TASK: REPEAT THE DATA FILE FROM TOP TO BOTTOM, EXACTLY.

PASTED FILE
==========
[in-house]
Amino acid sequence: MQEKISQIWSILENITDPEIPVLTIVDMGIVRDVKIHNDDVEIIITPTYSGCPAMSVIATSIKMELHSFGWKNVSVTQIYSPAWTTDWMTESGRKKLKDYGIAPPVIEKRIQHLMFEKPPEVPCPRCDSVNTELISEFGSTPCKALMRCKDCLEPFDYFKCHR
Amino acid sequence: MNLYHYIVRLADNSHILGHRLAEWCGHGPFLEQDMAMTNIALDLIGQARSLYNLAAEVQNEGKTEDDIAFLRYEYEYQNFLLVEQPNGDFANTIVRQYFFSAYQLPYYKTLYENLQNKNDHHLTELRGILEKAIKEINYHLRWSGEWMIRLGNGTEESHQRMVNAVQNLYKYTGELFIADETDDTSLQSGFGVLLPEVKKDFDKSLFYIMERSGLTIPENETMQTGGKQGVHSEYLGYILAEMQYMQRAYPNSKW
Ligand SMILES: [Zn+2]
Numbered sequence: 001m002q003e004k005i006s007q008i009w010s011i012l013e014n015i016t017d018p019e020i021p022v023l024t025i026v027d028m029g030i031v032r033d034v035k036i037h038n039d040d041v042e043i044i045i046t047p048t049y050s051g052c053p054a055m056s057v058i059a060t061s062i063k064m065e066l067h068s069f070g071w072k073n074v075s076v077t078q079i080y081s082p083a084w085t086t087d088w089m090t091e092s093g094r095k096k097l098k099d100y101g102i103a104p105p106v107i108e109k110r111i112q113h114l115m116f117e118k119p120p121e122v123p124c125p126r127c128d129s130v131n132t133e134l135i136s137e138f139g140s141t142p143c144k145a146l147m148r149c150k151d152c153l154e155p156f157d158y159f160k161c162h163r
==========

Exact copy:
[in-house]
Amino acid sequence: MQEKISQIWSILENITDPEIPVLTIVDMGIVRDVKIHNDDVEIIITPTYSGCPAMSVIATSIKMELHSFGWKNVSVTQIYSPAWTTDWMTESGRKKLKDYGIAPPVIEKRIQHLMFEKPPEVPCPRCDSVNTELISEFGSTPCKALMRCKDCLEPFDYFKCHR
Amino acid sequence: MNLYHYIVRLADNSHILGHRLAEWCGHGPFLEQDMAMTNIALDLIGQARSLYNLAAEVQNEGKTEDDIAFLRYEYEYQNFLLVEQPNGDFANTIVRQYFFSAYQLPYYKTLYENLQNKNDHHLTELRGILEKAIKEINYHLRWSGEWMIRLGNGTEESHQRMVNAVQNLYKYTGELFIADETDDTSLQSGFGVLLPEVKKDFDKSLFYIMERSGLTIPENETMQTGGKQGVHSEYLGYILAEMQYMQRAYPNSKW
Ligand SMILES: [Zn+2]
Numbered sequence: 001m002q003e004k005i006s007q008i009w010s011i012l013e014n015i016t017d018p019e020i021p022v023l024t025i026v027d028m029g030i031v032r033d034v035k036i037h038n039d040d041v042e043i044i045i046t047p048t049y050s051g052c053p054a055m056s057v058i059a060t061s062i063k064m065e066l067h068s069f070g071w072k073n074v075s076v077t078q079i080y081s082p083a084w085t086t087d088w089m090t091e092s093g094r095k096k097l098k099d100y101g102i103a104p105p106v107i108e109k110r111i112q113h114l115m116f117e118k119p120p121e122v123p124c125p126r127c128d129s130v131n132t133e134l135i136s137e138f139g140s141t142p143c144k145a146l147m148r149c150k151d152c153l154e155p156f157d158y159f160k161c162h163r